Cruise ship travelers are choosing Alaska as a summer destination over international travel.
Gov. Mike Dunleavy is forming a task force to address food shortages in stores and grow farm production in state. (Wild-caught halibut is one Alaska food source in greater supply.)
And Alaska’s U.S. senators push for a belated ban on Russian seafood, as Congress considers sanctions against Ukraine.
There’s more news in “Five Things to Know.”
Cruising to tourism recovery
A cruise line official says that Royal Caribbean is flush with bookings to Alaska this summer.
“We’re looking at 2022 to be our biggest and best Alaska season yet. We have the most ships deployed to Alaska than we’ve ever had in our history,” Josh Carroll, Royal Caribbean Group’s vice president, said at a press conference.
Carroll described Alaska vacation travel as “a shining star” in cruise ship bookings at Royal Caribbean Group.
Carroll noted that many vacationers are avoiding international destinations because of Covid.
The wide open spaces of the Last Frontier are appealing as the nation recovers from the virus and its mutations. “We can absolutely fill our ships. Guests want to be there,” he said.
Securing Alaska’s food supply
With empty grocery store shelves common across Alaska, a new task force to address food supplies was announced by the governor’s office.
Supply chain shortages are happening across the U.S. But disruptions of food and other essential goods to Alaska is a more urgent problem.
Alaska gets 95% of its groceries and food supplies from out of state, at a cost of $2 billion a year, according to Gov. Mike Dunleavy’s office.
A new 18-member governor’s task force will come up with recommendations on growing food production and harvesting in Alaska.
“One of the lessons the pandemic taught us is how vulnerable Alaska could be if the regularly scheduled shipments of food shipped up from Seattle were to suddenly stop — even a few days,” Dunleavy said.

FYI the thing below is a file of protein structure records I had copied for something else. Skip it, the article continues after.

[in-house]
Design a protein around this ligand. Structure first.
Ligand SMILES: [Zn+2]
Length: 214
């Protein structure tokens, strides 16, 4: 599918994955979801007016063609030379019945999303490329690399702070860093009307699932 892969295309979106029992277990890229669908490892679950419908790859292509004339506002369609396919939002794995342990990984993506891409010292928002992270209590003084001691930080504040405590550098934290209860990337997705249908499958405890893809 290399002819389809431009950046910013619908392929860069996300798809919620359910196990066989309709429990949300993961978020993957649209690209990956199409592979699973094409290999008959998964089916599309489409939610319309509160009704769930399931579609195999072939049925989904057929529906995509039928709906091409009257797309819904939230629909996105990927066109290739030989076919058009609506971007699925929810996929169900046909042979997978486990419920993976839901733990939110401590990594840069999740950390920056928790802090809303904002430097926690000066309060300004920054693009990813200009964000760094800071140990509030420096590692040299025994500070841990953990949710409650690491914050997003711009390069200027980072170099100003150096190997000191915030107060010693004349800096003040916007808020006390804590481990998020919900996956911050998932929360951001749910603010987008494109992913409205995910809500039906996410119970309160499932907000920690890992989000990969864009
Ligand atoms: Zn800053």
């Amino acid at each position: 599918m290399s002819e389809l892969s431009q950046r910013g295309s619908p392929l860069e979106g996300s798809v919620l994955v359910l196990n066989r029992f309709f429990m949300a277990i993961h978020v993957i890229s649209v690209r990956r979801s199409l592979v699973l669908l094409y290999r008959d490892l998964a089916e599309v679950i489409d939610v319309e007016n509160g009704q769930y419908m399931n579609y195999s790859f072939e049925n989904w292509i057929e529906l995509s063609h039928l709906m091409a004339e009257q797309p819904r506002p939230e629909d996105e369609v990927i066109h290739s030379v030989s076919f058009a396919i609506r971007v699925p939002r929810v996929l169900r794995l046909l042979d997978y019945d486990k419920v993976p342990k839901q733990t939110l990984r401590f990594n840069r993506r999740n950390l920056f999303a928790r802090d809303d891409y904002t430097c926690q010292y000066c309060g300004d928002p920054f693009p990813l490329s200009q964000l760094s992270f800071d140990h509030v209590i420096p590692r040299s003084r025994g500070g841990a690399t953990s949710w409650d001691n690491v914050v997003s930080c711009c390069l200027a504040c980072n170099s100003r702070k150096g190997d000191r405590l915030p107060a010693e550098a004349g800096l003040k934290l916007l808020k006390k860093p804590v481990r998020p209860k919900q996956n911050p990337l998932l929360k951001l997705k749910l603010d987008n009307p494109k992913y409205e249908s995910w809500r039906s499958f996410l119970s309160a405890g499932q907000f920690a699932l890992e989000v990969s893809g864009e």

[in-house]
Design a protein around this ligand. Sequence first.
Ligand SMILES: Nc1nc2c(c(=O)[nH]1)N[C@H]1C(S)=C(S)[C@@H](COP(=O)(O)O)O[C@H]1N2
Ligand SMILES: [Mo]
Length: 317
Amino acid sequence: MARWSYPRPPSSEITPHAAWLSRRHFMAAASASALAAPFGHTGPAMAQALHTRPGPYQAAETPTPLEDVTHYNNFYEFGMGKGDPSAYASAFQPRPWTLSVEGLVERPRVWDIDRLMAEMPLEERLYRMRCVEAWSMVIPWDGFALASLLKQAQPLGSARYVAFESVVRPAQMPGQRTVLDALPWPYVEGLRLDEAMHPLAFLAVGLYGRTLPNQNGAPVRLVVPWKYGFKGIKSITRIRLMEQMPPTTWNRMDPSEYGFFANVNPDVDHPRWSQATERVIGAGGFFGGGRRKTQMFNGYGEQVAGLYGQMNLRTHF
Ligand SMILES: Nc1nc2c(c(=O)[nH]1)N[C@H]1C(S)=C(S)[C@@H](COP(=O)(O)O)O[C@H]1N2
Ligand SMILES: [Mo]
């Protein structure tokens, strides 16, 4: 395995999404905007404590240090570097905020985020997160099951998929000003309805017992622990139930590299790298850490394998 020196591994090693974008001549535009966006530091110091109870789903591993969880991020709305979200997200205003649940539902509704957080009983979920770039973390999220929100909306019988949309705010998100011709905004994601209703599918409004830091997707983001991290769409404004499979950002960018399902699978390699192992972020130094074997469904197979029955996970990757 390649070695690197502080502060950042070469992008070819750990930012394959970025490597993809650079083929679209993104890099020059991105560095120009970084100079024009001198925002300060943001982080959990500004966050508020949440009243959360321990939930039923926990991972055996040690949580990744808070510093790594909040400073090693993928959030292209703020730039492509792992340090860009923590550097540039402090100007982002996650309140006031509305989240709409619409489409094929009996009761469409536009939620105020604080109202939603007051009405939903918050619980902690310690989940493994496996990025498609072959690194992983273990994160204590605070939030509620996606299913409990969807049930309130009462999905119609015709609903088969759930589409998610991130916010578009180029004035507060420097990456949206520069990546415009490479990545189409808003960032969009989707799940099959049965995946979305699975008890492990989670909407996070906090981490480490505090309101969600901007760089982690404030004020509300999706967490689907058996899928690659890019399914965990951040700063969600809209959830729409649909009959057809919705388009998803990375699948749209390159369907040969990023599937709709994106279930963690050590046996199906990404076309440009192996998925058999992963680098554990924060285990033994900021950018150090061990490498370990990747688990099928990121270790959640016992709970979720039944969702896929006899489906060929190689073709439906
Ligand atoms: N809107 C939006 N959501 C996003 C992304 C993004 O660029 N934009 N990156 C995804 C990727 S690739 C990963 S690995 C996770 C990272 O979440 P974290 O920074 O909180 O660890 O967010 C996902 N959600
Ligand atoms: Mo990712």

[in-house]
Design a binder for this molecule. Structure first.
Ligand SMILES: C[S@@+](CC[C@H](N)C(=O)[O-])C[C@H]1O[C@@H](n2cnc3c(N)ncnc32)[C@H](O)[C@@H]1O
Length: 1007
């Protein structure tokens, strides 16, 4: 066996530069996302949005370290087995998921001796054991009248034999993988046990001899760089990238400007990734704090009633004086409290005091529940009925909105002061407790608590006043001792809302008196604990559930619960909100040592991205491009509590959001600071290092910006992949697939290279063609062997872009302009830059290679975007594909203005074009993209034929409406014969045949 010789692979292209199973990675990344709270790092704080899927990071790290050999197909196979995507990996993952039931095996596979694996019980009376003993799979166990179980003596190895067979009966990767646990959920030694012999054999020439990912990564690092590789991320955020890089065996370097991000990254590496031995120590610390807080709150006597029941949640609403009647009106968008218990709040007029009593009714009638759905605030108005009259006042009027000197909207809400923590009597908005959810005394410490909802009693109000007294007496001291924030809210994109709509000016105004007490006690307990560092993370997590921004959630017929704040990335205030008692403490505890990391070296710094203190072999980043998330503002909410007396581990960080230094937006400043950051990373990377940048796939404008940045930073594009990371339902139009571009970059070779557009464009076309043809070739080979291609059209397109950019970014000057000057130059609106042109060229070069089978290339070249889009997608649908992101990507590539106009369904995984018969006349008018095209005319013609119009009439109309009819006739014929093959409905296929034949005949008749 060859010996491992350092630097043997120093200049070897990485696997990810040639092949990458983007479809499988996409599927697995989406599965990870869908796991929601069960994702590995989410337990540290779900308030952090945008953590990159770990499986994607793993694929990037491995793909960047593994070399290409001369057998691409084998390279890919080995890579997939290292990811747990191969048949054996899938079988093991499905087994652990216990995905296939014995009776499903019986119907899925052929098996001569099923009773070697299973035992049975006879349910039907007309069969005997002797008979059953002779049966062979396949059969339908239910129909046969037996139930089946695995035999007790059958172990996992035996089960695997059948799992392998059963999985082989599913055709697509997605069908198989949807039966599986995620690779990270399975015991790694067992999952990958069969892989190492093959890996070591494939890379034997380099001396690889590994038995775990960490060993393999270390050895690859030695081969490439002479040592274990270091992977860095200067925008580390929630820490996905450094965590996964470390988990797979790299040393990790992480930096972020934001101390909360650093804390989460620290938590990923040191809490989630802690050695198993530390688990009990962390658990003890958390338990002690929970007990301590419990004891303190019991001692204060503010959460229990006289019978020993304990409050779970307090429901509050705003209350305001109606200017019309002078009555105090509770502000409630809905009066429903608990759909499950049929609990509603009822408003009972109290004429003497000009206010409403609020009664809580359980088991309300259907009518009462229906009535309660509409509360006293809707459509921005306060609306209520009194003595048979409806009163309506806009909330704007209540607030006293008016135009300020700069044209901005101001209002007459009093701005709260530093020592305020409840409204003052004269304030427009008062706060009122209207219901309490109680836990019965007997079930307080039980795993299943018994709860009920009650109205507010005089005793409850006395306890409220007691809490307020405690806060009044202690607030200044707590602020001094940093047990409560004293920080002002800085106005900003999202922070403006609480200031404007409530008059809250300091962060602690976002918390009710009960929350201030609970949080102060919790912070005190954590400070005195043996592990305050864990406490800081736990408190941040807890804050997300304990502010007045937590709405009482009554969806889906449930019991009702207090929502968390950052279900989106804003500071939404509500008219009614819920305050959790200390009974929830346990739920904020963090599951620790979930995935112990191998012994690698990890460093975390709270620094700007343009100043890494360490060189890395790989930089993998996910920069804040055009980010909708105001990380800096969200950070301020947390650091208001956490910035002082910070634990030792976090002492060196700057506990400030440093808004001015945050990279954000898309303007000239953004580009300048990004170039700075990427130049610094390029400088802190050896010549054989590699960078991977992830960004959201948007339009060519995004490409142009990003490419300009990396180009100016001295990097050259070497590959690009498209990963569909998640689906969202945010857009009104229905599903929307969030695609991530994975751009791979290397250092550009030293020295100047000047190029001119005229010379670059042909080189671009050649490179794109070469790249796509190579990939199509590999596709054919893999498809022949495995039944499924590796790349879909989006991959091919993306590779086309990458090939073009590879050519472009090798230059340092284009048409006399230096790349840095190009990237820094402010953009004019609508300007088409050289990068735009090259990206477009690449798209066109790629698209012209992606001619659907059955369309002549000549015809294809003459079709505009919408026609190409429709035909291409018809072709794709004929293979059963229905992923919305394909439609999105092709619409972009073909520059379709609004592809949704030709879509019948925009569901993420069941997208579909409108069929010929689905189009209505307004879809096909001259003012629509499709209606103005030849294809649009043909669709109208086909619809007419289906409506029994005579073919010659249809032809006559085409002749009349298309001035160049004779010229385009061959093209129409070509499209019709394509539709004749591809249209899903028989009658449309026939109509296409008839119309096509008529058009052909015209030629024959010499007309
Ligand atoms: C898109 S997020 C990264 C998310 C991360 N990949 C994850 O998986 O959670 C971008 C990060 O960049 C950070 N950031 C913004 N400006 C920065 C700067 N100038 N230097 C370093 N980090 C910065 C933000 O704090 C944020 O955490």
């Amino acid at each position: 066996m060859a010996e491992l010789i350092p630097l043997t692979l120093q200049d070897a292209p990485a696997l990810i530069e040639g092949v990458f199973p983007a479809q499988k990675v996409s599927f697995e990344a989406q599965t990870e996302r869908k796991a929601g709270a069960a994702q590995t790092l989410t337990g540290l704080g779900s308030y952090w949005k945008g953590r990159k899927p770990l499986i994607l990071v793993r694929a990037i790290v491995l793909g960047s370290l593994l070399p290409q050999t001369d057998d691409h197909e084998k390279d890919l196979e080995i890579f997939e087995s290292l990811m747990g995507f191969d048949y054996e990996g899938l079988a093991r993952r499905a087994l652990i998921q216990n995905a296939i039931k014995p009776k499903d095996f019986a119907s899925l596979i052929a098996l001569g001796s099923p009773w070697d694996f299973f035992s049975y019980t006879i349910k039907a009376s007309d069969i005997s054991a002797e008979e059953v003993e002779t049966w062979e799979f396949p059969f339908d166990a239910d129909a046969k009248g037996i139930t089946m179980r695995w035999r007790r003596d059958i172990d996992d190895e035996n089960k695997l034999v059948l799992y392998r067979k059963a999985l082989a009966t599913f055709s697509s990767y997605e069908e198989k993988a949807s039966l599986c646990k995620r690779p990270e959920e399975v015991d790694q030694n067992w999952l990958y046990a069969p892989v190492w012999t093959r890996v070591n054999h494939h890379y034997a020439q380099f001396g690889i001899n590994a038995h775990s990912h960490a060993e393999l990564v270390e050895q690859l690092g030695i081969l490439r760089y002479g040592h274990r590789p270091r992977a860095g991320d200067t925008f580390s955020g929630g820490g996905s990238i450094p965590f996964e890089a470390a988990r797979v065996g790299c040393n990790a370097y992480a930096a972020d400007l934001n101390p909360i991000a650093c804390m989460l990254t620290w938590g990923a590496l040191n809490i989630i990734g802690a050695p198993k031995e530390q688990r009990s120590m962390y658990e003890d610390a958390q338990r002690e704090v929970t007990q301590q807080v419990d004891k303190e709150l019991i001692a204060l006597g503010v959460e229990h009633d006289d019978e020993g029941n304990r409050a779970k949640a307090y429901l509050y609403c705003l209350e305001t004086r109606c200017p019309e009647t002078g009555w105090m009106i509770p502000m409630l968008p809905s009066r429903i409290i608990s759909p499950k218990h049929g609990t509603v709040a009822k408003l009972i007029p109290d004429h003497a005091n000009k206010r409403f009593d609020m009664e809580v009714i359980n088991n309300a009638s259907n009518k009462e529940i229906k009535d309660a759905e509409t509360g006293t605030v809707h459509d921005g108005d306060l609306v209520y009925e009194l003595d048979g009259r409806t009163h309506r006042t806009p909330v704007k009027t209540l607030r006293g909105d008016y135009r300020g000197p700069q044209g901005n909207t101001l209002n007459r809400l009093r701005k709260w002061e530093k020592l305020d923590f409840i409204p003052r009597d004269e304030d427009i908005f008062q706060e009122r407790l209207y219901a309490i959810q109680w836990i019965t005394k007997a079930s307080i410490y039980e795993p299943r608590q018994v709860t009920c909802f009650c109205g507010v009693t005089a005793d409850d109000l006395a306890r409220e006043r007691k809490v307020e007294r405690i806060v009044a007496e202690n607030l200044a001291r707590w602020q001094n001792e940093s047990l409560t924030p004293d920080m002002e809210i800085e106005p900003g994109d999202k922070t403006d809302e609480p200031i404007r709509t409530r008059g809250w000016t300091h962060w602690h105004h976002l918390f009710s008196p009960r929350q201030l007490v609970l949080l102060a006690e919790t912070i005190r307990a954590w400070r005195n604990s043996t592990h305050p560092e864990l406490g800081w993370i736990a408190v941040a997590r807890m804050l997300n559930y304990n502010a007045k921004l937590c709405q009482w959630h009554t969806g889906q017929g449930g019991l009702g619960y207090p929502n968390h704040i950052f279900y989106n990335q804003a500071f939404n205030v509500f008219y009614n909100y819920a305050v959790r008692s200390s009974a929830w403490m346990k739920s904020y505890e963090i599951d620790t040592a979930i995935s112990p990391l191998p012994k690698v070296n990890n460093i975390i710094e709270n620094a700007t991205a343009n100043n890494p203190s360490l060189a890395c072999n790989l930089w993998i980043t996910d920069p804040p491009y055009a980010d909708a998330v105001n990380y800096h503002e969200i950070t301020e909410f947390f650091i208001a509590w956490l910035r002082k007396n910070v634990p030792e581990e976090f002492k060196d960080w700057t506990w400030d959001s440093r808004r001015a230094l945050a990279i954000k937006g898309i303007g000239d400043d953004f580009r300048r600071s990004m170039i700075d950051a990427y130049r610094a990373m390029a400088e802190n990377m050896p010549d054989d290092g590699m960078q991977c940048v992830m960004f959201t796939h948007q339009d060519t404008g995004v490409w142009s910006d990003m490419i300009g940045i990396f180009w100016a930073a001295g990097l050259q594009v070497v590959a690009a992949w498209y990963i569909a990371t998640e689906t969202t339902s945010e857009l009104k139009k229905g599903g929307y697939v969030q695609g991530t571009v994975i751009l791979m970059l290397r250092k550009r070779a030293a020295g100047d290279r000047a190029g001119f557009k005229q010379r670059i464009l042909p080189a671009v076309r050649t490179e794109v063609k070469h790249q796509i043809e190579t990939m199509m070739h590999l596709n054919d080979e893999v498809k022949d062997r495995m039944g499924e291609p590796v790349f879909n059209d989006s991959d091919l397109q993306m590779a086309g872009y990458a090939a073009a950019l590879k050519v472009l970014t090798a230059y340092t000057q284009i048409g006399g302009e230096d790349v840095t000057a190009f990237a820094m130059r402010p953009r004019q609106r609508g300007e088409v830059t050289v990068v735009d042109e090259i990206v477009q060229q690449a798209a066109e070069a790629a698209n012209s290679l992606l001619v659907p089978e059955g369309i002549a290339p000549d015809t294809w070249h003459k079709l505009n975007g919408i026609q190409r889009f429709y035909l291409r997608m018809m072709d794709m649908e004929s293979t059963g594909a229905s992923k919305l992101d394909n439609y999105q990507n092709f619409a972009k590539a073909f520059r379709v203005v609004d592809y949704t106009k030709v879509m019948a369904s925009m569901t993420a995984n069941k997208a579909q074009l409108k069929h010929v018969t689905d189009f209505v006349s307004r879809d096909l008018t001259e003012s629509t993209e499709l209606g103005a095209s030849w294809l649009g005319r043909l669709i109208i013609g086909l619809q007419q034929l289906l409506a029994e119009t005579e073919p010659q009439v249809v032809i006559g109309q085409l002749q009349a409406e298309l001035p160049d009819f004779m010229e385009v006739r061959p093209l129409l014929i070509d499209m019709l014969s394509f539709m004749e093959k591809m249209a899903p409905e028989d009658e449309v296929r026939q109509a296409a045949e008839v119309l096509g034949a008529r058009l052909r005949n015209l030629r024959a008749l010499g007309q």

Seafood embargo or red herring?
After eight years of a Russian embargo on U.S. seafood, Congress may be poised to impose its own ban on Russian seafood products.
U.S. Sens. Dan Sullivan and Lisa Murkowski have introduced legislation to stop imports of Russian seafood products. The restriction is a (belated) response to Russia’s prohibition on U.S. seafood products since 2014.
Murkowski said that as lawmakers develop sanctions to deter a Russian invasion of Ukraine, it’s important to consider Russian seafood supplies to the U.S.
“I’m hopeful that after years of pushing this issue, this Congress and the Biden administration will finally agree to equalize the treatment of Alaska’s world-class seafood,” Murkowski said.
Sullivan agreed that Congress’ interest in Russian sanctions offers “a window of opportunity to correct this unacceptable trade imbalance.”
Sullivan noted that the value of Russian seafood imports to the U.S. has increased by 173 percent since 2013.
“Most Americans would be astounded to learn that Russia has unfettered access to sell its seafood in the United States at the same time America’s fishermen and seafood processors have zero access to the Russian market,” Sullivan said.
Wild-caught Alaska halibut
An increase in halibut stocks in Alaska waters will yield a larger bounty for commercial and recreational anglers.
The International Pacific Halibut Commission voted to increase catch limits in every Alaska region. But the catch limits off of California, Oregon and Washington will stay the same.
The new limit on halibut was set at 41.2 million pounds after researchers at the commission reported that stocks were rebounding after five years of declines.
The largest increase covers the western Gulf of Alaska, which rose from 3.1 million to 3.9 million pounds, or by roughy 25%. The figures represent both recreational and commercial fishing.
Halibut stocks have been on a decline, but scientists are reporting a trend of more younger fish in Alaska waters.
While halibut does not have the marquee status of salmon, the fish is popular with consumers for its white, flaky meat. Wild Alaska halibut are large fish and weigh up to 500 pounds. They swim near the deep ocean floor in Alaska’s inlets.
University of Alaska leadership
The Alaska Board of Regents will meet next week to vote on a motion to make Pat Pitney president of the University of Alaska. Pitney has been serving for two years as the interim president.
In advance of the meeting, the public is offered the opportunity to talk directly with regents. “The public testimony session provides the university community and all Alaskans the opportunity to talk directly with regents,” according to the university.
On Friday, the board of regents will hold a special governance committee meeting on the next UA president. The meeting is to gather feedback and comments from faculty, staff, and student leaders on the motion to appoint Pitney the permanent university president.